Thursday, May 27, 2010

Preparing for the Next Big Spill

In the last few weeks numerous industry experts and outside observers have pointed out that the technology for dealing with major oil spills has advanced much more slowly than the technology for finding and producing oil under increasingly marginal conditions. That's an important insight, because if all the leaking oil were being safely and efficiently collected and processed, our main focus would be on the circumstances of the tragic accident that destroyed the Deepwater Horizon and killed 11 workers, rather than on the slow-motion disaster looming off the Gulf Coast. As it debates raising the oil spill fee collected on all the oil the US produces or imports, the Congress should consider setting aside a portion of any incremental revenue to fund research on improved oil spill remediation methods and technology, rather than just accumulating more money to spend in the future on today's relatively ineffective technology, should another large spill occur.

I have no doubt that the assessment of the factors contributing to the Deepwater Horizon accident and the ensuing spill in the Gulf will lead to new regulations on offshore drilling. With some luck, those will contribute to reducing the risk of a recurrence, though regulations can never eliminate the possibility of someone making a bad decision, with tragic consequences. But even if President Obama imposes an extended moratorium on deepwater drilling, there will eventually be another big spill, somewhere--if not from a deepwater well, then from one of the many additional supertanker cargoes the US would require when domestic oil production resumes the long slide that deepwater drilling had arrested and was beginning to reverse. Either way, it's not too early to start thinking about the next spill, while this one is still fresh in our minds.

There's no shortage of ideas for dealing with the oil slick off the Gulf Coast. Online innovation sites are gathering suggestions, and the former head of Shell's US operations, John Hofmeister, has one of his own concerning the use of supertankers to skim and collect the oil. Even actor Kevin Costner has a technology to offer. Decades of offshore drilling without a major accident like this, but with plenty of spills from oil tankers, other vessels, and ports, pipelines, and other facilities, have not prepared the industry to handle the current leak, the rate of which can't even be measured precisely. But even for the spills they were designed to address, the present array of booms, skimmers, and chemical dispersants, plus bags and shovels for what eventually reaches the shore, seems decidedly low-tech. It's hard to conceive of anyone finding the current approaches truly adequate to the task.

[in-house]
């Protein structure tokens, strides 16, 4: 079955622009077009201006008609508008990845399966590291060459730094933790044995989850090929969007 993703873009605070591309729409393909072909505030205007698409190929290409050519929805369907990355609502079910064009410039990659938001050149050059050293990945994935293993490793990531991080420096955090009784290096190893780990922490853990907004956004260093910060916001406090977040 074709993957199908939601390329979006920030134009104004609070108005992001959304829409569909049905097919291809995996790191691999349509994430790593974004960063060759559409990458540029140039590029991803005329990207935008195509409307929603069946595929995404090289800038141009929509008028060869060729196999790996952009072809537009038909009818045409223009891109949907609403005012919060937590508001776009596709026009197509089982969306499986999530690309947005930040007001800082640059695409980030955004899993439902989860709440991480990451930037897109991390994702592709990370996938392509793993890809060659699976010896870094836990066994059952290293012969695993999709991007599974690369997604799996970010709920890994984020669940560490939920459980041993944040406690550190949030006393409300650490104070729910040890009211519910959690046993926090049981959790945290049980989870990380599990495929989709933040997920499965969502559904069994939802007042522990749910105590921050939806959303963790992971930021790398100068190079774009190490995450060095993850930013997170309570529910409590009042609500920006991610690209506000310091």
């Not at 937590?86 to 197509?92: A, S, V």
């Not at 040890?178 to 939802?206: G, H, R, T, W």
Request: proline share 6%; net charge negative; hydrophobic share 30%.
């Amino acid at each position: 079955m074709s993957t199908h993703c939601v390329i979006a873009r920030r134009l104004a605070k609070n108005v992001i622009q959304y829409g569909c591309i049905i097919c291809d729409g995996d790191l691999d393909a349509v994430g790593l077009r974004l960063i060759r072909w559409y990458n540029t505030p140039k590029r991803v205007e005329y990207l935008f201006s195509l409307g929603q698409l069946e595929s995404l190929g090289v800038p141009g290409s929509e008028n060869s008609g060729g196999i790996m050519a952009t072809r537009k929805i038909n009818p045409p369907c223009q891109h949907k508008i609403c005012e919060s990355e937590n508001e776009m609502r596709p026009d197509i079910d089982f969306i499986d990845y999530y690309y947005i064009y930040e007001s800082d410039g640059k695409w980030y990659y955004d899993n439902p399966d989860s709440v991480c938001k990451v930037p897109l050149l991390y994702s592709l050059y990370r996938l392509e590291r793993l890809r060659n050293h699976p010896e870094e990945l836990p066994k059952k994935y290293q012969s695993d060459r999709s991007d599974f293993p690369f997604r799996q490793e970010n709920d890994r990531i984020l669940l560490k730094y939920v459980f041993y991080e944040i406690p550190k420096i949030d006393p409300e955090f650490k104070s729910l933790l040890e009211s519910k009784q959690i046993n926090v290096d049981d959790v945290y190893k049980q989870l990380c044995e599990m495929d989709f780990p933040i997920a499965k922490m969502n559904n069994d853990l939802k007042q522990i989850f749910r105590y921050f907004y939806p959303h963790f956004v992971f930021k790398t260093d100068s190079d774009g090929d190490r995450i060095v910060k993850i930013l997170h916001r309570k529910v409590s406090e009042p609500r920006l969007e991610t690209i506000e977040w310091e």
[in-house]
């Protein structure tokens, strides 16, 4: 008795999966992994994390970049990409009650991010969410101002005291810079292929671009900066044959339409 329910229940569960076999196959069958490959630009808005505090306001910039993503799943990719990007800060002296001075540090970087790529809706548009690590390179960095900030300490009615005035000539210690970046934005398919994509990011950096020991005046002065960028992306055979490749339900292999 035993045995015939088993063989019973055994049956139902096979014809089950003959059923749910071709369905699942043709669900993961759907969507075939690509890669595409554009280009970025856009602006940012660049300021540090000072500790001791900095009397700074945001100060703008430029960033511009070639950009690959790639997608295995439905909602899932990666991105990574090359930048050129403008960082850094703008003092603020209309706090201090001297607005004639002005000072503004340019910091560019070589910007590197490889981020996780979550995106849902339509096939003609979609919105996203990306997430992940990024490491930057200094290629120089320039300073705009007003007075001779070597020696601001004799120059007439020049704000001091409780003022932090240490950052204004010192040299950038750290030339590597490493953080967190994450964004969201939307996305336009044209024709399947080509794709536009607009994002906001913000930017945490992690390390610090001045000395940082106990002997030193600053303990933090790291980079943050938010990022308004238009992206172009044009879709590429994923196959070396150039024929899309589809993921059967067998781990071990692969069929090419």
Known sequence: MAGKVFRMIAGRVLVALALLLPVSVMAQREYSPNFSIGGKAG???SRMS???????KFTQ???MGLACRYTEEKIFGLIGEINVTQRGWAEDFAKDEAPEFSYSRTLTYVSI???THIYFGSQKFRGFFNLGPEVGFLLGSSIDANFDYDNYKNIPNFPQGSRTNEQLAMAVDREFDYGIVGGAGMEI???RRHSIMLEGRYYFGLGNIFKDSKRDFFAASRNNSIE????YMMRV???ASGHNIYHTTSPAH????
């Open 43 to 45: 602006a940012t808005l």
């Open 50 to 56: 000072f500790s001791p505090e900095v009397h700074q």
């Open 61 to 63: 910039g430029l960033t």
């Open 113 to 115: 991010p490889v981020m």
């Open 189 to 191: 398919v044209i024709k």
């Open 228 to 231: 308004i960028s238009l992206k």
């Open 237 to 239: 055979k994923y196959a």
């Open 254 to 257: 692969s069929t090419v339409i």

Pending legislation in Congress would raise the ceiling on payments out of the Oil Spill Liability Trust Fund from $1 billion to $5 billion per incident, to be funded by increasing the per-barrel fee assessed on oil produced in or imported into the US from $0.08/bbl to $0.34/bbl. (This is the same bill that would extend unemployment benefits and a dog's breakfast of expiring tax benefits, including a retroactive extension of the $1.00/gallon biodiesel production tax credit back to 1/1/10, when it expired.) It's not clear how this would apply to the current situation, particularly since the Constitution seemly unambiguous in its prohibition on ex post facto laws. In any case, the House Ways and Means Committee estimates that the higher fee would raise an extra billion dollars a year for future oil spills. It wouldn't take very much of that to fund the R&D necessary to bring oil-spill containment and remediation technology into the 21st century, through a combination of targeted tax credits and direct funding of good ideas.

Even though this fee is levied on oil companies, we should understand clearly that consumers will eventually pay most of this increase at the gas pump, to the tune of about a half-cent per gallon. US refiners, who are experiencing low margins, are in no position to absorb it, and the market will pass it on to us. If it's going to come out of our pockets, then shouldn't at least some of it go to making sure that future oil spill response efforts have much better tools to work with? I'll bet the folks in Louisiana wish that some of the $1.5 billion currently sitting in the Oil Spill Liability Trust Fund had been invested that way over the last 20 years.

FYI, next Wednesay, June 2, at 1:00 PM EDT I'll be on a webinar panel convened by The Energy Collective to discuss the implications of the oil spill for the future of energy. If you're interested, please sign up using this link.

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